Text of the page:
Mahri Poetry Archive

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Two Mahri poets I spoke with (Ḥājj Dākōn and ʿAlī Nāṣir Balḥāf) pointed to a fundamental distinction between poems that address a specific event (Ar. ḥadath muʿayyan) and those that do not address a specific event (Ar. lā yūjad ḥadath).  Therefore, the distinction between poems of sentiment and those that address a specific event exists within the native metapoetic practice, unlike other classificatory parameters such as length or line structure.

The occasionality of marked genres such the tribal historical ode (ōdī we-krēm krēm) and “dueling” couplets (reǧzīt) is unambiguous since poems belonging to these genres are meant to articulate a collective response to a specific act (a murder, theft, boundary dispute, etc.).  Sentimental poems reflect the interior state of an individual whose ruminations, psychic turmoil and emotional agitation have virtually no bearing on the broader circle of the poet’s kin, friends, associates or tribe.  Strictly sentimental poems are, for the most part, recent compositions that imitate Arabic lyric poetry.  Such poems are adverse to political commitment and their sentimentality may reach such a degree of detachment from exterior reality that the object of the poet’s desire is rendered solely in the abstract.  Virtually all of the poems in The Dīwān of Ḥājj Dākōn adhere to this sentimental maximalism.  Traditional sentimental poetry may not be as circumspect; the object of the poet’s affection or the cause of his or her distress is often explicitly named by older poets or those who maintain a more traditional poetic praxis.

Traditional lyric poetry in al-Mahra may combine elements of occasionality and sentiment, thereby rendering a strict separation between the two categories difficult to discern. For instance, the poem Homesick in Najrān is an expression of a father’s longing for his two sons who left him in Najrān in order to visit relatives in al-Mahra.  The poet retraces their route from Najrān to Wādī Ǧēza in central al-Mahra, the core territory of the tribe of Kalšāt.  Towards the end of the poem, the poet alludes to a specific event: the kidnapping and murder of a man from Kalšāt by tribesmen from Maʾrib in Northern Yemen.  This crime, in fact, likely precipitated the sons’ return to al-Mahra in order to defend their kin and avenge the murder.  The tone of this poem shifts from lyric sentimentality to the cadence of tribal historical odes (the ōdī we-krēm krēm genre in particular).  This poem clearly crosses the dividing line between sentiment and occasion.  This is the case for another poem, Hays and the Saudi Prince, which opens as a typical šemrēt poem (praise for a young girl).  By virtue of their topic, šemrēt poems are intrinsically sentimental.  However, at the hands of Mahri poet Muḥammad bir Marṭayf, the topic of Hays’ marriage to a Saudi prince is elevated to the national and political stage and verges into the realm of occasionality (despite the fact that the occasion is treated in a fantastical manner).  Finally, tribal historical odes always begin with a description of the poet’s emotional tumult, occasioned by an egregious violation to tribal custom (ʿurf).  In this way, the events described in tribal historical odes are almost always bracketed by sentimental thematic formulas.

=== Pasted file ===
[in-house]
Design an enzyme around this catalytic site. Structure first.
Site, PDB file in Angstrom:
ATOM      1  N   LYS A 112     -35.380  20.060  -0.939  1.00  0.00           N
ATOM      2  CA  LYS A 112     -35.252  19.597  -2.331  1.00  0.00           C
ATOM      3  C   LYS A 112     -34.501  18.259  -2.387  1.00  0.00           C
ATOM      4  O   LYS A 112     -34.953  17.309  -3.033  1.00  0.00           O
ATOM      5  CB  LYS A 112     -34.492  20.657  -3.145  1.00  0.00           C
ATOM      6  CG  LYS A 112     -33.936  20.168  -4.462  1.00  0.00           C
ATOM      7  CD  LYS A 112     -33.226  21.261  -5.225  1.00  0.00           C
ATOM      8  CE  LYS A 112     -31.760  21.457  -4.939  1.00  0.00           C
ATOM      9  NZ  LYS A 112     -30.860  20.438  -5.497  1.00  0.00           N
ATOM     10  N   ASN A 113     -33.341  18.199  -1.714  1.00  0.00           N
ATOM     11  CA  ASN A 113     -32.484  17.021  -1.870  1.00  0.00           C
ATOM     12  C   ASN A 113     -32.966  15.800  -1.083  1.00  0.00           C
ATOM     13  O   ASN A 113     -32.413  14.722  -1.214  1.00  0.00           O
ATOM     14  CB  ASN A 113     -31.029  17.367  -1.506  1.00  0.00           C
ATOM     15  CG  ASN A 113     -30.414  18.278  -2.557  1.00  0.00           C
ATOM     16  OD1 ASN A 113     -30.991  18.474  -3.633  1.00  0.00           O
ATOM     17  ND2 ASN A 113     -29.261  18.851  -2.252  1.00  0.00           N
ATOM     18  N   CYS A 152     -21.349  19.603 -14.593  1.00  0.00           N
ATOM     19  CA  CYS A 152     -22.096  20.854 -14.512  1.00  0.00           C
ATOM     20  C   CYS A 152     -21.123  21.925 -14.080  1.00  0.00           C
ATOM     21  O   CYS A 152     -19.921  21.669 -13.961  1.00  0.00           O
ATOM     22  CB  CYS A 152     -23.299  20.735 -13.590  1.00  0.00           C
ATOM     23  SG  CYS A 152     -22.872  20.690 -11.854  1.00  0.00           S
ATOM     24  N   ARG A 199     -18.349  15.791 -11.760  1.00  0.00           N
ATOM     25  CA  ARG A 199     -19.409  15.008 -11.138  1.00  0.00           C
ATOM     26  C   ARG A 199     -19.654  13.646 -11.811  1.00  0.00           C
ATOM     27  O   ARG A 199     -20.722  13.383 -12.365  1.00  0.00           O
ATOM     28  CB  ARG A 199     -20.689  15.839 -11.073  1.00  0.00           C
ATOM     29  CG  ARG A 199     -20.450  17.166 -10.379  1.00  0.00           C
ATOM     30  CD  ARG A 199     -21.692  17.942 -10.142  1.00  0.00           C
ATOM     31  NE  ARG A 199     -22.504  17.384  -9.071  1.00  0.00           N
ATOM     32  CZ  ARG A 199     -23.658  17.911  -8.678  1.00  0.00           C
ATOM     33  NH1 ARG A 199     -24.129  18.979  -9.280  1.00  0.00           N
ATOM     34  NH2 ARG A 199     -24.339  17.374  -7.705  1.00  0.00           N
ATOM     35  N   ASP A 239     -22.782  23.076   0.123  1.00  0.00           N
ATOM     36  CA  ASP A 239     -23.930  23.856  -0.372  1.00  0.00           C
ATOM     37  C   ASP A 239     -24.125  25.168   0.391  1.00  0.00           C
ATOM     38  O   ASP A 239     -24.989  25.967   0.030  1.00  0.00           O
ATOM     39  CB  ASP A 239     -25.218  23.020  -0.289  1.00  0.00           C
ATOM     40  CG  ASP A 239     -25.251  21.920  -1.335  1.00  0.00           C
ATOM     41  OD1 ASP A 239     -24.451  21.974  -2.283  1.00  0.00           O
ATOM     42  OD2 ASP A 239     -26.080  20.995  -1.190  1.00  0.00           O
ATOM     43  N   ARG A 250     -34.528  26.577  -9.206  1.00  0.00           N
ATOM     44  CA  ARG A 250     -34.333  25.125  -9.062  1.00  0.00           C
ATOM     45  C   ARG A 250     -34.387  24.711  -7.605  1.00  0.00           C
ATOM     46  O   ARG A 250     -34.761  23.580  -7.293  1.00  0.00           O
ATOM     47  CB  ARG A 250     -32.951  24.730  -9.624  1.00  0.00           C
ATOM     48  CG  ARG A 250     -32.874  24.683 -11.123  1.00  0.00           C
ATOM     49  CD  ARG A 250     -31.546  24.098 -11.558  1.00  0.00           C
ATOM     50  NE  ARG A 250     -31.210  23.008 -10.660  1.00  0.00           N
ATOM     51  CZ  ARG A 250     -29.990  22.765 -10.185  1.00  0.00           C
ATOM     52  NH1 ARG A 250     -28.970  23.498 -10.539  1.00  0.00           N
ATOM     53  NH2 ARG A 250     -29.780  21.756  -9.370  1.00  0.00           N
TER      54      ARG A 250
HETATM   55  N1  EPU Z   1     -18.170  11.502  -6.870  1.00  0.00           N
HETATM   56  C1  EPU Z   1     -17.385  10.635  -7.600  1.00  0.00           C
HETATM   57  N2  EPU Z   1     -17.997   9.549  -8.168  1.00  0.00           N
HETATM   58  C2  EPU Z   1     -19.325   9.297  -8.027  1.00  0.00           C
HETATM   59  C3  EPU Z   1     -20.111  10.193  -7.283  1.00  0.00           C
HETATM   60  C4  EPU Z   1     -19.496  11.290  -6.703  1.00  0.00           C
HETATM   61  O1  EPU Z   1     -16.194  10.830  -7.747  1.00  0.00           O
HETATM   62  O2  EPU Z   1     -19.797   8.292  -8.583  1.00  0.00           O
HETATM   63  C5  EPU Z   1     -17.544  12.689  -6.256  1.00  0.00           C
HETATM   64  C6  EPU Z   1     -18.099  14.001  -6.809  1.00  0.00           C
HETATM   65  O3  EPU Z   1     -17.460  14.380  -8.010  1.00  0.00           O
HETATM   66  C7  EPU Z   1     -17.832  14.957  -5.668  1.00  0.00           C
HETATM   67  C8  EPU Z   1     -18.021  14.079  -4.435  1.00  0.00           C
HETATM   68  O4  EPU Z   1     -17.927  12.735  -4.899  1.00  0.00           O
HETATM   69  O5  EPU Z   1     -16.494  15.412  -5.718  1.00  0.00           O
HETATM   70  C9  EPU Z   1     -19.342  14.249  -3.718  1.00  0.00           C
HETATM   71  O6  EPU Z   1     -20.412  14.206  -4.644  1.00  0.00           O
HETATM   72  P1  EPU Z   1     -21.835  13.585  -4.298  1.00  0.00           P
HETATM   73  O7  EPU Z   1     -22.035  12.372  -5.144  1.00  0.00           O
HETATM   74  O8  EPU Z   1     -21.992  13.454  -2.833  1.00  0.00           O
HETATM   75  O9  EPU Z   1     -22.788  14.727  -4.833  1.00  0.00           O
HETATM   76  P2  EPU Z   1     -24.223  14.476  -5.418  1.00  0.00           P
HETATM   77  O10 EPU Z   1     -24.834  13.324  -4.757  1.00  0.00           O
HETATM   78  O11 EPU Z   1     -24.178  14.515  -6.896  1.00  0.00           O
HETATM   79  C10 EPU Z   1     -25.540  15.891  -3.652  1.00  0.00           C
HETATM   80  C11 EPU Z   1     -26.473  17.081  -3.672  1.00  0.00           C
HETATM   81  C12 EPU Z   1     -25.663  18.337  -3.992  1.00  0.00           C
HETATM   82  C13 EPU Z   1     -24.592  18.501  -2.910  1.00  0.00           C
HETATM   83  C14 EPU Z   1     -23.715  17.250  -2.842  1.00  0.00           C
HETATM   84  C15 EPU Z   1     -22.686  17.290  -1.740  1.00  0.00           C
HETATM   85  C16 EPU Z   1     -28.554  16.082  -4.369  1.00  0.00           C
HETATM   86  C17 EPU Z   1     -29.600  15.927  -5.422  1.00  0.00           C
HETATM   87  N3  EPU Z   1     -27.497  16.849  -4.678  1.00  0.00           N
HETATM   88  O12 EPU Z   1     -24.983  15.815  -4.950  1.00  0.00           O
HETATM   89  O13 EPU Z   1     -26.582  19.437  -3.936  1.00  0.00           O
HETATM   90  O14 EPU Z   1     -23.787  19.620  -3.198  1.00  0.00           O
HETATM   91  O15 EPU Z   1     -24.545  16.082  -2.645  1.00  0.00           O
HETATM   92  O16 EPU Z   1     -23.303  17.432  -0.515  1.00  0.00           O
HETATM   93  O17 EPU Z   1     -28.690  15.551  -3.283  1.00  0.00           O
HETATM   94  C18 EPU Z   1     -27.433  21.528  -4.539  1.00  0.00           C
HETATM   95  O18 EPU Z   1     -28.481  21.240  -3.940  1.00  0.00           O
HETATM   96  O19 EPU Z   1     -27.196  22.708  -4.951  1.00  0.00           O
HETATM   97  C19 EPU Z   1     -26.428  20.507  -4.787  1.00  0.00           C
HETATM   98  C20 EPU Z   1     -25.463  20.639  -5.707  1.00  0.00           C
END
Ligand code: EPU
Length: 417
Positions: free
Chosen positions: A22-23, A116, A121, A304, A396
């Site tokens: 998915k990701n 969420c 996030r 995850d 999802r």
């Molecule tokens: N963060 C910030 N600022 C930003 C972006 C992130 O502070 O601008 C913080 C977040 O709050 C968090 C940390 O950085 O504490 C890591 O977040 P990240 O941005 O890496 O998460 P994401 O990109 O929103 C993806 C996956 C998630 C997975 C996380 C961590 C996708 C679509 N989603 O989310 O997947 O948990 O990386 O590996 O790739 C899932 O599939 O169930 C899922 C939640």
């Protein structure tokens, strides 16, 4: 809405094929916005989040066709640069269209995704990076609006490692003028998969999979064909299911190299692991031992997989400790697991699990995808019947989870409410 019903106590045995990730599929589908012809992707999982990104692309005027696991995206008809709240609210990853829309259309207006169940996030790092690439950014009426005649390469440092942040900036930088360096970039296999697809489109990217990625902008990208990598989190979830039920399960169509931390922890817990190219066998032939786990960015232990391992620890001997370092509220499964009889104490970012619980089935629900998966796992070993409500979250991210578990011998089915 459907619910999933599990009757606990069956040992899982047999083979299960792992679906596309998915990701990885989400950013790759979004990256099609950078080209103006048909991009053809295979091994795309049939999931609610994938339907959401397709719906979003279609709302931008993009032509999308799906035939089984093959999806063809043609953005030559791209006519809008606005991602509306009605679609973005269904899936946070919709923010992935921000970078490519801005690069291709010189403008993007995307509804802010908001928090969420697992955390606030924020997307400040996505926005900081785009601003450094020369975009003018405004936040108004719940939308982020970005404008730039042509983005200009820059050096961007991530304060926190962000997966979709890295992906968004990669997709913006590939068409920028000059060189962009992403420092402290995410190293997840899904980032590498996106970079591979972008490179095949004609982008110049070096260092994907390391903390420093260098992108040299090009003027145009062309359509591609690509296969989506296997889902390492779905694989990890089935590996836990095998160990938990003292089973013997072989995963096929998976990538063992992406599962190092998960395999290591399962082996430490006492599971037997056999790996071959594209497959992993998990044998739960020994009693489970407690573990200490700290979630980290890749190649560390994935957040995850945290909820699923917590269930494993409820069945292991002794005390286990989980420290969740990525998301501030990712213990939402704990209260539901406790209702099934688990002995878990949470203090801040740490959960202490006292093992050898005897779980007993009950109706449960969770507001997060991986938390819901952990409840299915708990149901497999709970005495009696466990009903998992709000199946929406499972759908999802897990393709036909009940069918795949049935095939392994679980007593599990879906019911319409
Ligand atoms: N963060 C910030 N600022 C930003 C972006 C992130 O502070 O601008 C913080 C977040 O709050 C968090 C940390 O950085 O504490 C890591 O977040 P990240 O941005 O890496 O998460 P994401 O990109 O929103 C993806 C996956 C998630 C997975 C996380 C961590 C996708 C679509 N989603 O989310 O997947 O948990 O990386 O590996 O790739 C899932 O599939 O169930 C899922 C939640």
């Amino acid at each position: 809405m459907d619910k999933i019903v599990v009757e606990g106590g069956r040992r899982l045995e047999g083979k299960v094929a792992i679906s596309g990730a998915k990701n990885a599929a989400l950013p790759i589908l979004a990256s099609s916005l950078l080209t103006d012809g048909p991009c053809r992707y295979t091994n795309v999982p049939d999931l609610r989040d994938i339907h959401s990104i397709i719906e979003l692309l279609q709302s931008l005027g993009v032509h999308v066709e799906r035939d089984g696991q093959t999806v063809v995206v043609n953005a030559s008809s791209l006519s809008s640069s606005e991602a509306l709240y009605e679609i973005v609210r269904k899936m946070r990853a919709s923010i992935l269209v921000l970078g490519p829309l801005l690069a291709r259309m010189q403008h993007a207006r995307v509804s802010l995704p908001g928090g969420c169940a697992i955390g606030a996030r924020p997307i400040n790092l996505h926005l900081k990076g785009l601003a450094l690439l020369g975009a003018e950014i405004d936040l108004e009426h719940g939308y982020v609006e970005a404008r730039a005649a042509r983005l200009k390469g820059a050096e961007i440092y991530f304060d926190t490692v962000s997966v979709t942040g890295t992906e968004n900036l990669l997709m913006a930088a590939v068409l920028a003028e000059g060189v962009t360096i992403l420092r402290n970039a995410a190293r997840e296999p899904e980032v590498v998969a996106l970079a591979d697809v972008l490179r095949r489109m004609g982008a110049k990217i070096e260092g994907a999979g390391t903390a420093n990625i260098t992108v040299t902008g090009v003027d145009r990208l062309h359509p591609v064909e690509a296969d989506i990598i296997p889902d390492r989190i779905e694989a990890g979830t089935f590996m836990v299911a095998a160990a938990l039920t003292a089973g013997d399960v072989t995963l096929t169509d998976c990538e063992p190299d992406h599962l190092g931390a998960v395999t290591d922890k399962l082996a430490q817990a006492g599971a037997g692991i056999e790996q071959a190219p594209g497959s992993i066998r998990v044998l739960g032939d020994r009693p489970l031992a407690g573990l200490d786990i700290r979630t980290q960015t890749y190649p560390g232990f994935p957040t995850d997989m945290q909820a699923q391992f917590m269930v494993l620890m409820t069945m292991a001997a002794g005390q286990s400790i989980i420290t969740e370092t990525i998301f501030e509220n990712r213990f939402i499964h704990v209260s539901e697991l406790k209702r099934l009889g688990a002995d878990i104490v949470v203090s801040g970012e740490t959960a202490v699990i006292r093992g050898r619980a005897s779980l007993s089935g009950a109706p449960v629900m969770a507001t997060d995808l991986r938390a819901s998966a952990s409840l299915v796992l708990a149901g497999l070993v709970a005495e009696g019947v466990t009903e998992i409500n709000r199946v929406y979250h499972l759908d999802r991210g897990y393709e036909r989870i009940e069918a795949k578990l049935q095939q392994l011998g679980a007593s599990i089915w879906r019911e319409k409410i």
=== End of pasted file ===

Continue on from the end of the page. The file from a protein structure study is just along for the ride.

In summary, many traditional Mahri poems (particularly those belonging to the ōdī we-krēm krēm and reǧzīt genres) can be unequivocally catalogued as occasional.  We can also discern a recent tendency to compose lyric poems that are strictly sentimental (such as the lyric poems included in The Dīwān of Ḥājj Dākōn).  However, the bulk of traditional Mahri poetics tend to lay at different points along the spectrum of occasionality and sentimentality and thereby defy easy categorization.

 

Occasional

Sentimental

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